• Format: Multiple Formats, Color, NTSC, Subtitled, Widescreen
  • Language: English
  • Subtitles: English, Spanish
  • Region: Region 1 (U.S. and Canada only. Read more about DVD formats.)
  • Aspect Ratio: 2.35:1
  • Number of discs: 1
  • Rated: NR (Not Rated)
  • Studio: Dimension Extreme
  • DVD Release Date: August 12, 2008
  • Run Time: 104 minutes
  • Average Customer Review: 3.7 out of 5 stars  See all reviews (28 customer reviews)
  • ASIN: B00151QY9Y
  • Amazon Best Sellers Rank: #51,302 in Movies & TV (See Top 100 in Movies & TV)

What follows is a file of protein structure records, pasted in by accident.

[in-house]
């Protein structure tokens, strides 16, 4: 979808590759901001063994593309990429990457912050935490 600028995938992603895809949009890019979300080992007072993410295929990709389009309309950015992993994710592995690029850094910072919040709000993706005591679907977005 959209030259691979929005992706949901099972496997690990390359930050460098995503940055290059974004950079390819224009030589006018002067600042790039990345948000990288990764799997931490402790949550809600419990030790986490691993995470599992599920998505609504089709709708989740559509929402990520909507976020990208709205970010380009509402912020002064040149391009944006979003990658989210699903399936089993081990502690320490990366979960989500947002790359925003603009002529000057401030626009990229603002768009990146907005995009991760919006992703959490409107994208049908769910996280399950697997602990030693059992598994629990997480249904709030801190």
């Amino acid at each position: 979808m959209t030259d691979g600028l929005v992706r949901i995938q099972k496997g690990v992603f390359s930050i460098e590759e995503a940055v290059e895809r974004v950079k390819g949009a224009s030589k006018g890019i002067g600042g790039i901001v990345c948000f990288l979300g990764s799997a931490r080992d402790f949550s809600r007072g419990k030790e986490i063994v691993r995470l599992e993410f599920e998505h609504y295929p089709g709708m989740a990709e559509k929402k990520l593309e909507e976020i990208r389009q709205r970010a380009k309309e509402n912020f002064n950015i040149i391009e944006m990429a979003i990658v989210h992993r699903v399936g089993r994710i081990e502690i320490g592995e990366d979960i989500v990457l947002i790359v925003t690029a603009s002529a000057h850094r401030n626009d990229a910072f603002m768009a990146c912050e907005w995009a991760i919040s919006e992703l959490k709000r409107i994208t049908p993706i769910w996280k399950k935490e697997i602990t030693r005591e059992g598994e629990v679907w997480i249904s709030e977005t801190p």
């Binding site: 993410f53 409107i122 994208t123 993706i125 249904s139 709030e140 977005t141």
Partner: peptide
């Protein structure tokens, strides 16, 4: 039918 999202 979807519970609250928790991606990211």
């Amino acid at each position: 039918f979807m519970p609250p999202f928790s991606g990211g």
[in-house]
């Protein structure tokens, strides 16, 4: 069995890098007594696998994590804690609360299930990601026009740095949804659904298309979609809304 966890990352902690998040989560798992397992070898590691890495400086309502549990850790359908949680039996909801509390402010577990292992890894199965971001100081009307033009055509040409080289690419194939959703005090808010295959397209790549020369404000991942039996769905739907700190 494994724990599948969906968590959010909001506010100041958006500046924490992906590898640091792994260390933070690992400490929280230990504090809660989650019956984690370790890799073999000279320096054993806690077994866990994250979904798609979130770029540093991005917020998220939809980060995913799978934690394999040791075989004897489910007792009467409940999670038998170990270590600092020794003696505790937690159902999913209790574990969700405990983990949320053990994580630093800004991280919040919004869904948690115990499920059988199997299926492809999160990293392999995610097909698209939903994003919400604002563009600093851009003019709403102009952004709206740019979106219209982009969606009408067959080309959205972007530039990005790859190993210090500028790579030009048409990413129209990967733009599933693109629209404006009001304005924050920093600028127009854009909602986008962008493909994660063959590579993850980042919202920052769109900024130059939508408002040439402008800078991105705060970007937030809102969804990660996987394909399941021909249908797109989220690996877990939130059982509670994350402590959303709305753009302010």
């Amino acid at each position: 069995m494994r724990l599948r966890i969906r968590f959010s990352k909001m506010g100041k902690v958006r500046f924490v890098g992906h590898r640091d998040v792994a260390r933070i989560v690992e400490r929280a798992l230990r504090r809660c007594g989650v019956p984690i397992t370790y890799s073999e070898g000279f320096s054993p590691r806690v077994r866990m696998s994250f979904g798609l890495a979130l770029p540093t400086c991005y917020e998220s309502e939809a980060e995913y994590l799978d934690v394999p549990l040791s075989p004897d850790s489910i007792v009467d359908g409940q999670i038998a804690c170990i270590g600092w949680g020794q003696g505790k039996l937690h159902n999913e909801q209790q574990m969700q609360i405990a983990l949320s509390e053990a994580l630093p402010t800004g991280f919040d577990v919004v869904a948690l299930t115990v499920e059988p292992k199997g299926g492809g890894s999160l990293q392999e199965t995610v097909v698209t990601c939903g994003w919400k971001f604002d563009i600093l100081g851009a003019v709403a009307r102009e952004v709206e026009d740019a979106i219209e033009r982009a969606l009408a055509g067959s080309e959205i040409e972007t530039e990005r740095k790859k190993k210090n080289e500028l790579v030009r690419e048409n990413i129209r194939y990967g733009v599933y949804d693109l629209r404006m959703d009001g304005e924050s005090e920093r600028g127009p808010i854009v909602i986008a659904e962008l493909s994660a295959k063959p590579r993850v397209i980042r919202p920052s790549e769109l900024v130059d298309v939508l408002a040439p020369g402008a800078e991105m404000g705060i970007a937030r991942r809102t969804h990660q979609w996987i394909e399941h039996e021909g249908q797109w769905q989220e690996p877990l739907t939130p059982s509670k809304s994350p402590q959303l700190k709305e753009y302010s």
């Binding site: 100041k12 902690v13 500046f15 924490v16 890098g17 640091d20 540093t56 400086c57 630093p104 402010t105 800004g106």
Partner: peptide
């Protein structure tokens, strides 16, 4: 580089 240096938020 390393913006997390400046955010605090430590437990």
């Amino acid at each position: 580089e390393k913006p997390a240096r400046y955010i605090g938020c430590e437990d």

• Learn more about "The Killing Gene" on IMDb

Customer Reviews

Top Customer Reviews

Format: DVD
"The Killing Gene" stars Melissa George as rookie detective Helen O'Mara who is paired with veteran Eddie Argo [Stellan Skarsgard] who is reputed to be a by-the-book cop. They find themselves on the trail of a mysterious killer who seems to target members of a local gang notorious for their acts of violence, each of whom is murdered and carved with "W Delta Z". As they dig deeper, they find that the killings are all related and Helen's in-depth investigation reveals a troubling aspect to the case that is linked to an old case, one which Det Argo would rather not revisit.